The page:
What Should I Do If My Cat Stops Breathing?
If you check on your kitten and find that they’re not breathing, you need to act quickly and effectively and follow the steps below:
- Gently rock or shake your kitten and shout their name.
- If they don’t respond, gently place your fingers on their chest to determine whether or not it is still rising and falling.
- If they are non-responsive, call your vet or emergency vet immediately and get your kitten to a professional.
- To deliver CPR, do 30 chest compressions, then two mouth-to-mouth breaths. And repeat the cycle until you arrive at the emergency room.
- Follow the advice of the vet; they may want to talk you through the best actions to take over the phone.
Can Cats Overheat Under Blankets?
The average temperature of the human body is 98.6°F. However, cats possess a higher average with a body temperature sitting between 99°F and 102.5°F. This is why they aren’t bothered by the warm air underneath our blankets.
And this warm body temperature reduces the risk of your cat overheating beneath a blanket. If they start to overheat, they will remove themselves from the blankets to regulate their temperature.
How Can I Be Sure That My Cat Is Safe Sleeping With Me?
An adult cat has a strong enough sense of self-preservation to keep themselves safe. If at any point they are too hot or uncomfortable, they will remove themselves from your bed and find a different place to sleep.
Aside from kittens, it’s perfectly fine to allow your cat to snuggle into the blankets. As long as you don’t restrict their access to get out of their “den,” they’ll be absolutely fine.
What Are The Disadvantages Of My Cat Sleeping With Me?
Adult cats are OK to sleep in your bed, and there is very little reason why this would put them in danger. Allow them to choose their preferred spot, make sure their access points are open, and they’ll be fine.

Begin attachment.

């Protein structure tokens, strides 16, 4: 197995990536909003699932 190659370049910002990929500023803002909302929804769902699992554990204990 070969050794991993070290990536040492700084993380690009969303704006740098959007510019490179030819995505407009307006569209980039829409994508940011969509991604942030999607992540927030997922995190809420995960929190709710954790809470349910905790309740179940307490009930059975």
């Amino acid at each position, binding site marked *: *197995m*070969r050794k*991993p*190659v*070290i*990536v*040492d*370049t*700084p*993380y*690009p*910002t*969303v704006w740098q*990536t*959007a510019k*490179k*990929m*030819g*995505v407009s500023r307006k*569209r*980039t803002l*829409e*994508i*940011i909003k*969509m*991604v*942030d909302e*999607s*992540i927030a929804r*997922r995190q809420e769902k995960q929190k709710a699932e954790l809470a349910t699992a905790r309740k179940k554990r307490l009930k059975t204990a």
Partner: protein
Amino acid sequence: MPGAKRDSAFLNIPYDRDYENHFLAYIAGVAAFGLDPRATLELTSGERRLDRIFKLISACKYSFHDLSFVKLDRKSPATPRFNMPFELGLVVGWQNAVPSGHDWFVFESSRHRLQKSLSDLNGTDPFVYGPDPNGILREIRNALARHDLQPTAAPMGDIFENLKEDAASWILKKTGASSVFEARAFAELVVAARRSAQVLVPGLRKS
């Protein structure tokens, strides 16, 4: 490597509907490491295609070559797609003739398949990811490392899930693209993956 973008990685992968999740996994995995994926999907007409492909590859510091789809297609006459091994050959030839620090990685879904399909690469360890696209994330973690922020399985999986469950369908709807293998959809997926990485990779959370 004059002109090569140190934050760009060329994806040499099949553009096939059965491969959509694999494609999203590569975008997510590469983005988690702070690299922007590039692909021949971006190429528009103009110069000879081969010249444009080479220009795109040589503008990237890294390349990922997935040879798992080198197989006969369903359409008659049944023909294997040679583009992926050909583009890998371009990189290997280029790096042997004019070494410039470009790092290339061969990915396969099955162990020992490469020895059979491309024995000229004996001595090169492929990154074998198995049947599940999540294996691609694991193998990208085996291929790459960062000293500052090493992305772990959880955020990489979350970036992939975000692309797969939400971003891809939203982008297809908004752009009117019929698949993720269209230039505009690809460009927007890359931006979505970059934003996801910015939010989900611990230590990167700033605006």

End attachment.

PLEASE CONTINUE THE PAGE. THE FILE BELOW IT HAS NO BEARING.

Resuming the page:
Plus, they can always move to a different location if they start to get uncomfortable. The more significant concern is that it may not suit you to have a cat sleep in your bed.
If you’re a light sleeper, sleeping with a cat can be particularly difficult as most of them won’t sleep through the entire night and may wander around your bed at 3 am.
In addition, the close proximity to your cat could trigger asthma and allergies – and your cat could trail litter box debris into your bed from its paws.
If you have an outdoor cat, you’ll need to be particularly mindful that your feline doesn’t trail any infections or parasites into your bed that they’ve picked up from outside.
When Should I Stop My Cat From Sleeping Underneath My Blanket?
Aside from personal choice, a few other circumstances should make you evaluate your cat’s blanket burrowing.
- If you have a weighted blanket, it may be too heavy for your cat to get out from underneath. Plus, if your blanket possesses any airtight qualities, it may restrict their oxygen supply.
- Blankets with a lot of cords or loose pieces that your cat can get caught in provide a hazard as it might prevent your fur baby from being able to crawl out.
- Try to avoid coaxing or training your cat to sleep under the blankets; let them decide what feels best.
How Can I Stop My Cat From Snuggling Under My Blanket?
Maybe you’ve just adopted a kitten, perhaps you suffer from severe allergies, or maybe you’ve decided that your bed is only for humans. Either way, if there’s a reason that you don’t want your feline snuggling under the blankets, there are several steps that you can take to deter them.
- Make your bedroom an off-limits zone and keep your door closed.
- Wash or spray your sheets and blankets with a scent that will deter your cat.
- Provide a cozy alternative for your fur baby, complete with a pillow and blanket for them to burrow under.
- Be consistent, and don’t send mixed messages to your feline. If you don’t want them in your bed, then keep it off-limits at all times.
Cats love playing under blankets thanks to the warmth, comfort, and security they provide. Think about how lovely it is to curl up under the duvet after a long day at work – well, it feels the same for your cat, so if you’re happy to share your bed, this is a lovely environment for them to feel safe and comfortable.
Thanks to the porous nature of a blanket, plus the survival instinct of your feline, it is almost impossible for an adult cat to suffocate underneath a blanket. However, you will need to be a little more careful with kittens, who haven’t yet developed their complete set of survival skills.